- Granger was also a character in the Ray Bradbury novel Fahrenheit 451. This novel is all about how a society first neglects books and then distrusts them so much it burns books. The main character of the book starts to question the book burning and has to flee. He meets Granger, an intellectual in hiding, and some others who have memorized culturally important books. He says at one point, “All we want to do is keep the knowledge we think we will need intact and safe.”
Gellert Grindewald—Grindewald is the dark wizard with whom Dumbledore was friends and eventually had to defeat when he became too dark and evil.
- Gellert is a Germanic name meaning a “powerful or resolute fighter.” A fitting name for the holder of the Elder Wand.
- Grindewald is a small village in Switzerland.
Godric Griffindor—Godric Griffindor is the founder of Griffindor house at Hogwarts.
- Godric means “power of god” or “god ruler” in Old English.
- Griffindor is a combination of Griffin (a mythological creature with the body of a lion and wings of an eagle) and the French word d’or which means “of gold.” Together they would mean something like Gold Griffin or Griffin of Gold.
Rubeus Hagrid—Hogwarts Gamekeeper and Care of Magical Creatures teacher.
- Ruber is Latin for “red or ruddy.”
- According to J.K. Rowling, “Hagrid is also another old English word meaning if you were “hag-rid,” it’s a dialect word meaning you’d had a bad night. Hagrid’s a big drinker. He has a lot of bad nights.” (From the Harry Potter Lexicon).
Arsenius Jigger—author of Magical Drafts and Potions.
- The name arsenius is a variation of the word arsenic, one of the elements and a poison.
- A jigger is a small measure for liquor.
Karkus—leader of the giants when Hagrid goes to visit them.
- Sounds like “carcass” which is a dead animal’s body. Seeing as Karkus is killed by Golgomath, it seems like a fitting name!
Kreacher—the Black family house-elf.
- Kreacher is a play on words with “creature.”
- The German word kriecher means “crawler, groveller or bootlicker.”
Viktor Krum—the Tri-Wizard champion from Durmstrang. He is also a famous Quidditch player.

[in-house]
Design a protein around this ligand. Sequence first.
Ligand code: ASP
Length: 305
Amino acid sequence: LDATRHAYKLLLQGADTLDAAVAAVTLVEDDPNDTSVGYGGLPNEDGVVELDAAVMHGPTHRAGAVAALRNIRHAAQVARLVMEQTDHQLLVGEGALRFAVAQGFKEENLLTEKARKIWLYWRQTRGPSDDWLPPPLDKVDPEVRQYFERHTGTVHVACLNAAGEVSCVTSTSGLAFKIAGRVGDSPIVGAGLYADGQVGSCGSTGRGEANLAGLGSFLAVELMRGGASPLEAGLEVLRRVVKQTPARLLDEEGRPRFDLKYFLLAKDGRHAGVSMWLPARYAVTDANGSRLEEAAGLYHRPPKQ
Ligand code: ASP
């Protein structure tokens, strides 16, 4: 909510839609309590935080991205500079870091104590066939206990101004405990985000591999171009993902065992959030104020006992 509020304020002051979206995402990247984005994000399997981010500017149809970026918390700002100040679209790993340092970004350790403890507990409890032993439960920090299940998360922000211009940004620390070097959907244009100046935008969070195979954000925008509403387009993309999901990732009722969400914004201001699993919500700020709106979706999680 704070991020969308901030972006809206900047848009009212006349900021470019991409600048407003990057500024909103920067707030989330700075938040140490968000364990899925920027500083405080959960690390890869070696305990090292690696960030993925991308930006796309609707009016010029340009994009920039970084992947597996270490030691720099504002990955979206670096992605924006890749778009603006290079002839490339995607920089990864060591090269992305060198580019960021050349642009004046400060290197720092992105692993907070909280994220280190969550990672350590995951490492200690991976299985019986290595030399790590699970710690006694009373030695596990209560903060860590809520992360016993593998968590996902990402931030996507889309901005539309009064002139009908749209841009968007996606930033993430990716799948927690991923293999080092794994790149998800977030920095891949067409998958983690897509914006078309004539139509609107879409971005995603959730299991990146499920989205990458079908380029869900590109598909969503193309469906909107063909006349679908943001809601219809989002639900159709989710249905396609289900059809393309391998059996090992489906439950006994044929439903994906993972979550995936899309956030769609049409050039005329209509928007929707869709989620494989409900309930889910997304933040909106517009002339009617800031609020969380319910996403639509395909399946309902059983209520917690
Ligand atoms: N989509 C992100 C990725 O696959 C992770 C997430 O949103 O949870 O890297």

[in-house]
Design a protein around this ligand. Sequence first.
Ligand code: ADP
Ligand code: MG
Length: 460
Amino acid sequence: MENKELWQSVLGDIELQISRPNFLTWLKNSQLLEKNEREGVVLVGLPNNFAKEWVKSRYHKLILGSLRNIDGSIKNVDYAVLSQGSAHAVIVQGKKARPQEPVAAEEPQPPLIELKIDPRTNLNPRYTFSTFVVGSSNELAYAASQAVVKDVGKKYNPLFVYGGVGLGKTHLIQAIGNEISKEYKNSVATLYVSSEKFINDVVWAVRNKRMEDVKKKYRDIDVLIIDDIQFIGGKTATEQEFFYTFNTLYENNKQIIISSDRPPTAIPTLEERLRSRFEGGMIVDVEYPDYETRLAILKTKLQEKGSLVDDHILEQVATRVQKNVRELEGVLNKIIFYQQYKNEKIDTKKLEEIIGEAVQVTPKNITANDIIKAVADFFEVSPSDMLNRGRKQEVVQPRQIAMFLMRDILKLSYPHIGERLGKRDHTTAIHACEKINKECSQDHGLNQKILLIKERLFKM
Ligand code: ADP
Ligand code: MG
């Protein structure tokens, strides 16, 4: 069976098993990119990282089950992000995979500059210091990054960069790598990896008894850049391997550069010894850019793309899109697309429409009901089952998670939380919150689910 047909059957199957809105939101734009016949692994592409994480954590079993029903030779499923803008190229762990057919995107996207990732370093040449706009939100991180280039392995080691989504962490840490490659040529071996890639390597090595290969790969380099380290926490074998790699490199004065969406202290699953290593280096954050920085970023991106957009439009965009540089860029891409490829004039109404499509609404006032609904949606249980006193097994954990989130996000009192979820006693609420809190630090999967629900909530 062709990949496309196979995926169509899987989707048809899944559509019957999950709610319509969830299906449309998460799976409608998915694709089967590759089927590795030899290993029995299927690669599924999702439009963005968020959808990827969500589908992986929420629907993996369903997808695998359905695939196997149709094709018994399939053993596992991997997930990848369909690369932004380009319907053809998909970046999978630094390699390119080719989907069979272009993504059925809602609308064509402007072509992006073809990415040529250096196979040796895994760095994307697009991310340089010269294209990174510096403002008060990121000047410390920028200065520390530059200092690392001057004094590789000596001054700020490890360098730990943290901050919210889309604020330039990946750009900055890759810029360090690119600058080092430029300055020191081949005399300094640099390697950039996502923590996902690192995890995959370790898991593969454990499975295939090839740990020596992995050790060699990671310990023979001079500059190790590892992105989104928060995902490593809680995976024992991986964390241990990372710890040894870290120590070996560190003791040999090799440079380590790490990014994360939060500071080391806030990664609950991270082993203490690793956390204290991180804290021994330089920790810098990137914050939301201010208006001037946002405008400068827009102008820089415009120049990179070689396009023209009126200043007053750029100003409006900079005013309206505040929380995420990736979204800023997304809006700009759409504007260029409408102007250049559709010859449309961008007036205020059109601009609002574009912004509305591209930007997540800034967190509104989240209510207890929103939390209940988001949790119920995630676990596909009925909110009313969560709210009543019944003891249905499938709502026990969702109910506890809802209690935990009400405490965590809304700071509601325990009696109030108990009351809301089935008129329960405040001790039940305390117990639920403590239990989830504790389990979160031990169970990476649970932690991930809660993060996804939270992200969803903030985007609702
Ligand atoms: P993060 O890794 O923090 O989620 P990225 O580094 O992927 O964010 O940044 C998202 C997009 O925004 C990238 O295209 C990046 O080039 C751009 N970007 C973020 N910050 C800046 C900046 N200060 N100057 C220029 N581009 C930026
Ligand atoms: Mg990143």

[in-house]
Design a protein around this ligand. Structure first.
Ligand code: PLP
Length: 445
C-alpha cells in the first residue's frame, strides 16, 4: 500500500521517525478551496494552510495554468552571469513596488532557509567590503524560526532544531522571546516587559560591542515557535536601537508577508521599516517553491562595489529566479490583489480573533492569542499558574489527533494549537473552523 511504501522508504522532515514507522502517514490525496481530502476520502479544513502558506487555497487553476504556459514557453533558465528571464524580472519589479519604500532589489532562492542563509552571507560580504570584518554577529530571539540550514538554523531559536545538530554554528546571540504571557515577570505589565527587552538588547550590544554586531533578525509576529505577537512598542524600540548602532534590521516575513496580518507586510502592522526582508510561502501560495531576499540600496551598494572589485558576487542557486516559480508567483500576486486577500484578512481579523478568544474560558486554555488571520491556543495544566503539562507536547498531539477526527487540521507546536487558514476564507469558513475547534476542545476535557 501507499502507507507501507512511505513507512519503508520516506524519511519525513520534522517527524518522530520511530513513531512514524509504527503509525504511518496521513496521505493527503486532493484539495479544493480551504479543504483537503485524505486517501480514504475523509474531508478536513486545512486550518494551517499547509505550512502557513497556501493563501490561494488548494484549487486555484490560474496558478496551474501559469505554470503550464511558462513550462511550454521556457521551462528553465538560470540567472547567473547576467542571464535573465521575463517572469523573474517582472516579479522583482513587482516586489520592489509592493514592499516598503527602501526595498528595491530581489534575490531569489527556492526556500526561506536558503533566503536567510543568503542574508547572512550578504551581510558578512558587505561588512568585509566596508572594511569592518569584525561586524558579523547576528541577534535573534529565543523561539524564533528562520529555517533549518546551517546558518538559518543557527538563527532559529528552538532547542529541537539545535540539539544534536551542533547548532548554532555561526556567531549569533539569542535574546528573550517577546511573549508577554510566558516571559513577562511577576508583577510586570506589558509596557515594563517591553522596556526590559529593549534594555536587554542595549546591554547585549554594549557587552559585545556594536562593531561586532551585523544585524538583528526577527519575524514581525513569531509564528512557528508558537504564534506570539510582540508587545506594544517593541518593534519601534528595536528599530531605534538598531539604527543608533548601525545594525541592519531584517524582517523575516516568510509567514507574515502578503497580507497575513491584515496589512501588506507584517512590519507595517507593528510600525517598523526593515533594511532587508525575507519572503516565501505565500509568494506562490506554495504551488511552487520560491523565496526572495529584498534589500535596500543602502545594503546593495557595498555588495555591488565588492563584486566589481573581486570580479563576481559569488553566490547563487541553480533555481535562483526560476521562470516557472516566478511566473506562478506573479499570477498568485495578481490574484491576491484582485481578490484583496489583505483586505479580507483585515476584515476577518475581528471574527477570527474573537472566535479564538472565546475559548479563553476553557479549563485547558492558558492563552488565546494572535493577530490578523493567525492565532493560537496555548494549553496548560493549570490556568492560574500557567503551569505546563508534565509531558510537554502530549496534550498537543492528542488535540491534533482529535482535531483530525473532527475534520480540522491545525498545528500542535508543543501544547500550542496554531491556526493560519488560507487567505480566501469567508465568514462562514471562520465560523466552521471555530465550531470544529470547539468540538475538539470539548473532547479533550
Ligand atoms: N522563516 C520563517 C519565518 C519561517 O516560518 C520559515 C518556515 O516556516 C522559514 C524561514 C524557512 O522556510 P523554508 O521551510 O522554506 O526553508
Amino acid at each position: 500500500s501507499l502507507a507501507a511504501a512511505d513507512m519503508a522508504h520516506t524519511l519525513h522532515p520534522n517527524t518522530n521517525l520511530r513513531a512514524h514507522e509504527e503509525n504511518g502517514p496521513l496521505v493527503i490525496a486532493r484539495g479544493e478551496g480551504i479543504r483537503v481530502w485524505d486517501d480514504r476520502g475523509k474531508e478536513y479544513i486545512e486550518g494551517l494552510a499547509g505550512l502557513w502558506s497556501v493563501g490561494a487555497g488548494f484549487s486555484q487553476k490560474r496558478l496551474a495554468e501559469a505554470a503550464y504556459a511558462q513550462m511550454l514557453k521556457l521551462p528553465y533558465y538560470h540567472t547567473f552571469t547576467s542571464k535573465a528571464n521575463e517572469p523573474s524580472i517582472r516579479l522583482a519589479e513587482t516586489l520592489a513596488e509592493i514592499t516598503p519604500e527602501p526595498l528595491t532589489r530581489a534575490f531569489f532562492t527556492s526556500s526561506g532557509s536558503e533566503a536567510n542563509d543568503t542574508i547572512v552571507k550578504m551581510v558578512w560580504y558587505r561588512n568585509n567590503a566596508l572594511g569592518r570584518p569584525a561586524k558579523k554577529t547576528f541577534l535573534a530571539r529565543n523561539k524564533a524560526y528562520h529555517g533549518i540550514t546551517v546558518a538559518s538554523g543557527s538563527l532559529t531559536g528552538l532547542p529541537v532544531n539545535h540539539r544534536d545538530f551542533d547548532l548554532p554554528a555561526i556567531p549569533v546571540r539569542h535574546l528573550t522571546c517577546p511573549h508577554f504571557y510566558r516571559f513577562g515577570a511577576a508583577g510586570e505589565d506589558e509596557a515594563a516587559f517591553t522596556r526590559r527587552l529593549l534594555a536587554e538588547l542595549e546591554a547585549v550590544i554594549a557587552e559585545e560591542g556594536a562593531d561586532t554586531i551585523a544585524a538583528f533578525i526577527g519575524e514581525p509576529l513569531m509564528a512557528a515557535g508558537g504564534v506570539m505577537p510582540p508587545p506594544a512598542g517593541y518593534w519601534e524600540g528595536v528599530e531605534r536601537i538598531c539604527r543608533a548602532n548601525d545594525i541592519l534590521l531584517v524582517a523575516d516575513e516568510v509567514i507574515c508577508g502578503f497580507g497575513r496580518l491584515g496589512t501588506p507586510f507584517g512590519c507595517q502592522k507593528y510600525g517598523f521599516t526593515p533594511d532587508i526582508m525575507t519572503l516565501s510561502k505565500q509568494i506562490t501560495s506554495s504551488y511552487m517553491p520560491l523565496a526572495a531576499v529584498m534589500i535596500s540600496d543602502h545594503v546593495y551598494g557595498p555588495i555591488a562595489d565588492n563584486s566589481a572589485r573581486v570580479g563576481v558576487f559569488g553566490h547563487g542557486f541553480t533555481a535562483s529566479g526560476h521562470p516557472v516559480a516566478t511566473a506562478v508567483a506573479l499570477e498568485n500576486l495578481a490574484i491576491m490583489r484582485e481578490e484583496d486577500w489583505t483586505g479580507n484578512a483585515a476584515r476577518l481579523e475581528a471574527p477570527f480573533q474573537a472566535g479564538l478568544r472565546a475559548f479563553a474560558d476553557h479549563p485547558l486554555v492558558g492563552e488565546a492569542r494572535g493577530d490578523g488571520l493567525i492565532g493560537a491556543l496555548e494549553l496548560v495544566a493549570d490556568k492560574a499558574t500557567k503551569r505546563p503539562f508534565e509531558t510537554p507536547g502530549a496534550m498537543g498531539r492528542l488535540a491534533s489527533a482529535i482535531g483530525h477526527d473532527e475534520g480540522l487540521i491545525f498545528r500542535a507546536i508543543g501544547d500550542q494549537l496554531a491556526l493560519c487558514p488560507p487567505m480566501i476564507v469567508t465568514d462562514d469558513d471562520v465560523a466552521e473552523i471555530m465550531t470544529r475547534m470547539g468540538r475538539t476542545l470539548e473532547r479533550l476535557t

- Viktor means, well, victor or winner in Latin.
- Krum is a German surname meaning crooked or deformed. Fitting because Viktor Krum is clumsy when he walks.
Bellatrix Lestrange—she is a Death Eater and one of Voldemort’s most trusted and ruthless followers.
- Bellatrix is the third brightest star in the constellation Orion and is another Black family member named after a constellation.
- It also means warlike or martial.
Rodolphus Lestrange—Death Eater and married to Bellatrix.
- Rodolphus is a variation of Rudolph which is a combination of rod which meant “fame” and wulf which meant “wolf.”
- Lestrange is the name of a 17th-18th century pamphleteer.
Gilderoy Lockhart—he is the Defense Against the Dark Arts teacher in The Chamber of Secrets and a total fraud.
- To gild is to cover something with a thin layer of gold.
- It can also mean to give a deceptive appearance. “Gilding the lily” means making something look better than it really is in order to sell it.
- Roi means “king” in French.
Neville Longbottom—fellow Griffindor and Harry’s friend.
- Neville is an old and noble English family name.
- Longbottom is an old name given to people who lived in long valleys.
Xenophilius Lovegood—Luna Lovegood’s father and editor of the paper The Quibbler.
- Xeno means “strange” or “foreign” in Latin. It’s a variation of the word xenophile which means someone who loves foreign things, like a foreign country or the culture of a foreign country.
- Philia means “friendship.” The meaning of the name Xenophilius can then be translated as a friend of strange things.
- The Latin “philologus” means learned man or scholar.
- Lovegood is pretty straightforward. Love + good.
Remus Lupin—Hogwarts Defense Against the Dark Arts teacher for one year. Werewolf. Friend of James Potter.
- Remus is one of the twin boys (along with Romulus) who founded the city of Rome—they were raised by a she-wolf.
- Lupin is derived from lupus which is Latin for “wolf.”
Draco Malfoy—Harry’s enemy at Hogwarts.
- Draco means “dragon” or “serpent” in Latin.
- Draco was also a very harsh lawgiver in ancient Athens. This is where the term draconian comes from—it means laws that are unusually or inappropriately harsh or cruel or small offenses that have heavy punishments.
- Malfoy—mal means “bad” “wrong” or “ill” in French.
- Foi in French means to have faith in something. A translation could be, “faith in the bad.”
- Maleficus means “evil doer” in Latin.
Lucius Malfoy—Draco Malfoy’s father.
- Lucius is derived from the Latin lux which means “light.” It was a fairly common name during Roman times.
- Lucius was the Roman Emperor against whom King Arthur fought in Le Morte D’Arthur. Arthur slices his head with Excalibur and kills him. Lucius had 50 giants fighting for him!
- Lucius also resembles the name “lucifer,” another name for the Christian devil.
Narcissa Malfoy—Draco’s mother.
- Narcissa is derived from Narcissus.
- In Greek legend Narcissus was a young man who was in love with his appearance.